Cloud management a catalyst for Monitoring as a Service

New tools and increasing cloud adoption have breathed life into the market for Monitoring as a Service.

IT Monitoring as a Service software has gotten mixed reviews in the past, but some admin have begun to experiment with new services for cloud management, with promising results.

IT Monitoring as a Service (MaaS) tools come in several flavors and can serve many different purposes, but the broader motivations to use them are often the same: keeping up with the ever-increasing speed of new-application development and the agility of the infrastructure required to support it.

Cloud applications are developed and put into production more quickly than legacy apps, and are rewritten more frequently, often following the DevOps philosophy. Moving to a cloud infrastructure also requires new visibility into frequently-changing third-party architectures.

If you don't performance-manage, cloud computing is going to be a disaster -- you can't get around the need to monitor everything.

Bernd Harzog,
analyst, The Virtualization Practice LLC

In both cases, IT pros need consistent feedback on how apps and infrastructure perform, but they might find traditional on-site IT monitoring tools -- which often require multiple software agents and servers to run different components, as well as ongoing maintenance -- difficult to deploy and manage.

"If you don't performance-manage, cloud computing is going to be a disaster -- you can't get around the need to monitor everything," said Bernd Harzog, analyst with The Virtualization Practice LLC. "Vendors have made [traditional] monitoring software complex and difficult to use. … [T]he solution that's easier to implement is Monitoring as a Service."

MaaS is a natural fit, however, when every other part of IT is delivered as a public cloud service, as it is at BuyerZone, a lead-generation network for small businesses in Waltham, Mass. BuyerZone is also one of 15 private beta-testers for a company just that just emerged from stealth called Stackdriver.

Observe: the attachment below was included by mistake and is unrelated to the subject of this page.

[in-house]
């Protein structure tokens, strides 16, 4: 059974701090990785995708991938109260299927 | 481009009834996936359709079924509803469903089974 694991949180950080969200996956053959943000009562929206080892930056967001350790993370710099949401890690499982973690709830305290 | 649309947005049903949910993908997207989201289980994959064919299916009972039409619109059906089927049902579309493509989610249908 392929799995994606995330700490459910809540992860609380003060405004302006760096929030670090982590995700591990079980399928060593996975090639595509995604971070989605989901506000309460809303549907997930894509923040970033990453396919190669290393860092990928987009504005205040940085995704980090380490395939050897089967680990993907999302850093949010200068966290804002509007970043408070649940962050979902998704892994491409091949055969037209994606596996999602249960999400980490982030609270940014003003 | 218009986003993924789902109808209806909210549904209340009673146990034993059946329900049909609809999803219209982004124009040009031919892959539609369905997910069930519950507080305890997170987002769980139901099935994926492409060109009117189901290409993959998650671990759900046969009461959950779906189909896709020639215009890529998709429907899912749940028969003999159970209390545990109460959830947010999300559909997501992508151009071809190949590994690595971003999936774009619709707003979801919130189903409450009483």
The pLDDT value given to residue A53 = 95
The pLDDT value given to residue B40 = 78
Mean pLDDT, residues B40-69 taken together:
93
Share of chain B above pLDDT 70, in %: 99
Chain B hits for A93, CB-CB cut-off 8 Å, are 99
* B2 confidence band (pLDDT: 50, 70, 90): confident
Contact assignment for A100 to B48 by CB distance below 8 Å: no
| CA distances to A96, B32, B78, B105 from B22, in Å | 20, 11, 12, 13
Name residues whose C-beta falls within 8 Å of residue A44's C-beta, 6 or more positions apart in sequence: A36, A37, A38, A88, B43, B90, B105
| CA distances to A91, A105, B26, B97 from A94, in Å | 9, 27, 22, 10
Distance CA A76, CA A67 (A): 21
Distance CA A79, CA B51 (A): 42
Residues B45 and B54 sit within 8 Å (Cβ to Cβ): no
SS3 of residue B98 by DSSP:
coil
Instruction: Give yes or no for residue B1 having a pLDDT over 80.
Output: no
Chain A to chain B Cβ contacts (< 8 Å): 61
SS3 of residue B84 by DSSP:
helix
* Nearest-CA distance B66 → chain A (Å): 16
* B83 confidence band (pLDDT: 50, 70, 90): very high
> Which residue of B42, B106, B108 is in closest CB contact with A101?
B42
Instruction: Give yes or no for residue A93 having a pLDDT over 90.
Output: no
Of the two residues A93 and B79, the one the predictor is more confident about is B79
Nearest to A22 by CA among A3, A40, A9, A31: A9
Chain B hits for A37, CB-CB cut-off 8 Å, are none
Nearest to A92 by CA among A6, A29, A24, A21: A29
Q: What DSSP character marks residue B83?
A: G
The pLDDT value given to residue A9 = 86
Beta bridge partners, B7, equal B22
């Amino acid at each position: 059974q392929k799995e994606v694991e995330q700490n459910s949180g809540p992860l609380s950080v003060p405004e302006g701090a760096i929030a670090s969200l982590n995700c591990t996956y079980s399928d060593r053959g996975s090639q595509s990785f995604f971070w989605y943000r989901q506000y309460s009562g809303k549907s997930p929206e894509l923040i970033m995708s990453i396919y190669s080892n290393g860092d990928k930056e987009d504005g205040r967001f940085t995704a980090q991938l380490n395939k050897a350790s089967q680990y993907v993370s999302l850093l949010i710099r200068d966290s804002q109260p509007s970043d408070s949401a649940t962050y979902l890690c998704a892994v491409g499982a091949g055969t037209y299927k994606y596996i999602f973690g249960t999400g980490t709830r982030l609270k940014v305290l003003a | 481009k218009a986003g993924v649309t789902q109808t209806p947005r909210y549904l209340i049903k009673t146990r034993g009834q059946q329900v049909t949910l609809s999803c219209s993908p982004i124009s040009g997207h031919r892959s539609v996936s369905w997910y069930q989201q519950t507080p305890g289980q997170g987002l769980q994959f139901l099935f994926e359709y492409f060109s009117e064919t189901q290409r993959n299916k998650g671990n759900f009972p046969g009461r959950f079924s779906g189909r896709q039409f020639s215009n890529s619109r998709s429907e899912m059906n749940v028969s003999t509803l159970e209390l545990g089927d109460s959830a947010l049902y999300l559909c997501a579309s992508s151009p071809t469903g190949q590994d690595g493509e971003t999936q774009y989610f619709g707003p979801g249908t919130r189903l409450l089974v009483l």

BuyerZone moved its infrastructure to Amazon Web Services (AWS), and its day-to-day operations to outsourced IT about two years ago, according to Robert Sieber, director of technical operations. The company needed some insights into how its infrastructure was running, as well as "checks and balances" on the outsourced IT staffers, he said.

Stackdriver lets Sieber keep an eye on a 40-instance AWS deployment, as well as on how his application is performing. Its reports on server performance have helped him spot errors including missed backups and glitches in application logic. This helps BuyerZone keep a lean, focused staff of developers who work on its core application rather than having to focus on day-to-day operations, including updating and managing monitoring software.

Still, the software comes from a very new, venture-backed startup, a fact that has led Sieber to carefully correlate some of Stackdriver's reports with those delivered by Amazon's native CloudWatch monitoring tool during his evaluation. "We probably will put Stackdriver into production, there's just no timetable for it yet," he said. "I see how a product like Stackdriver helps me, but are they priced accordingly with what they offer?"

Stackdriver officials said pricing for the product has not been determined yet.

IT pros charged with developing cloud apps in DevOps shops can also use services such as New Relic to get an end user's view of Web application performance, and some find it contains hidden gems that complement cloud infrastructure monitoring services like CloudWatch.

CloudWatch requires users to customize memory-monitoring metrics, which pushed Las Vegas-based CanvasPop, an e-commerce site that prints photos onto canvases, toward New Relic's free server-monitoring tool. "That's huge for us, because we run out of memory before I/O or CPU," said Pat Leckey, senior software developer at CanvasPop. "That's what tells us when we need to bring up or down new instances."